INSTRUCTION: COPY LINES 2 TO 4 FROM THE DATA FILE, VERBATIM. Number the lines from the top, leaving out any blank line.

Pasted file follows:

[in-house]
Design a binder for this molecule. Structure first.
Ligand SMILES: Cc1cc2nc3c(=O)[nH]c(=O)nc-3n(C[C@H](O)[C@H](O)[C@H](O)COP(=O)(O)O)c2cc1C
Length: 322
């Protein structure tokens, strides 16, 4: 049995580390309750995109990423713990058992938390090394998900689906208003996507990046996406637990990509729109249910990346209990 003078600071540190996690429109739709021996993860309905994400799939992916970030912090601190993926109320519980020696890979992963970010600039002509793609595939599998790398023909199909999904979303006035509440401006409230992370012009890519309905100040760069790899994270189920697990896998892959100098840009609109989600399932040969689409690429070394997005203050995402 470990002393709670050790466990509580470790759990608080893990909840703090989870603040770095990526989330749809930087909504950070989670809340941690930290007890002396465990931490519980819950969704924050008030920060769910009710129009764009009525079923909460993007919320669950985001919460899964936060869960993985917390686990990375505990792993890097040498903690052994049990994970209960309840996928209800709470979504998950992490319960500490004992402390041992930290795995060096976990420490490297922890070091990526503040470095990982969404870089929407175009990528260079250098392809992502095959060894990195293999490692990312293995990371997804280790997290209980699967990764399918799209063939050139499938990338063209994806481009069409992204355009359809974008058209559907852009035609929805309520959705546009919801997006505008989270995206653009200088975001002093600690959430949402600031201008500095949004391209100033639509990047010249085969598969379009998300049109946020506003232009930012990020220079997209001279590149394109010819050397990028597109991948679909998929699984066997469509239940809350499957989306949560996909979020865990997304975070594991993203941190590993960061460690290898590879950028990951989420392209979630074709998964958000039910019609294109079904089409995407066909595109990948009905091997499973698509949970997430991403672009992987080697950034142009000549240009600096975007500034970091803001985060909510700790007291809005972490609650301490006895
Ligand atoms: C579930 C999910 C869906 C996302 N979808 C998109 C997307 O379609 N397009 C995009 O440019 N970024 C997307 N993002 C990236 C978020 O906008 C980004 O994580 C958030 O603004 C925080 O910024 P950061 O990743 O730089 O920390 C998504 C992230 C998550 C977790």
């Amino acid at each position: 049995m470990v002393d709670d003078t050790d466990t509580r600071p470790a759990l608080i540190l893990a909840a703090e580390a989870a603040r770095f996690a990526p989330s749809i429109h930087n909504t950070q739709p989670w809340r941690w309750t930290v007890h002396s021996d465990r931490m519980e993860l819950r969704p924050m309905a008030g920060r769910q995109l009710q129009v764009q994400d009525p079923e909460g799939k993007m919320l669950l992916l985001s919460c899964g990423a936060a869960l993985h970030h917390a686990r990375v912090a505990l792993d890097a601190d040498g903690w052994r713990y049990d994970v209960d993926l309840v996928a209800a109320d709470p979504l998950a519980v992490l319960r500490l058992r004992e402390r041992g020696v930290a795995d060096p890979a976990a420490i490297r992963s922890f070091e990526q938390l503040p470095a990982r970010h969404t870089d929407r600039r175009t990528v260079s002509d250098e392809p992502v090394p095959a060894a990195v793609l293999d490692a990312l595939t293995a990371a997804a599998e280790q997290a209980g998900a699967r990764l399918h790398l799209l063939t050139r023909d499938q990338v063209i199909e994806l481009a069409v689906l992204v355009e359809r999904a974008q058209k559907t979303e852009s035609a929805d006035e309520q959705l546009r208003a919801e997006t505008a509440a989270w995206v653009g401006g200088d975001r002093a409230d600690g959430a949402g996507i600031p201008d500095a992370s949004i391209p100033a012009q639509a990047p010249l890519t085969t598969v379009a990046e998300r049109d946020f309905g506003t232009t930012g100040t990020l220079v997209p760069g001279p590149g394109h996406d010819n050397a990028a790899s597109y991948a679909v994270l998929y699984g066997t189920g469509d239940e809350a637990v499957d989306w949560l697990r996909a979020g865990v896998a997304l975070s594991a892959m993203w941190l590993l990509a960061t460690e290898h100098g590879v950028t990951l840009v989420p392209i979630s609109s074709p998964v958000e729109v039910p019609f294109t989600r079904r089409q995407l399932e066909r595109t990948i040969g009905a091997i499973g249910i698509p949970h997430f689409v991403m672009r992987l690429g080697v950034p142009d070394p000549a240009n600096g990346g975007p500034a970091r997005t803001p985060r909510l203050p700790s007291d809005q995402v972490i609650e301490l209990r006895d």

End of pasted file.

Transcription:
Design a binder for this molecule. Structure first.
Ligand SMILES: Cc1cc2nc3c(=O)[nH]c(=O)nc-3n(C[C@H](O)[C@H](O)[C@H](O)COP(=O)(O)O)c2cc1C
Length: 322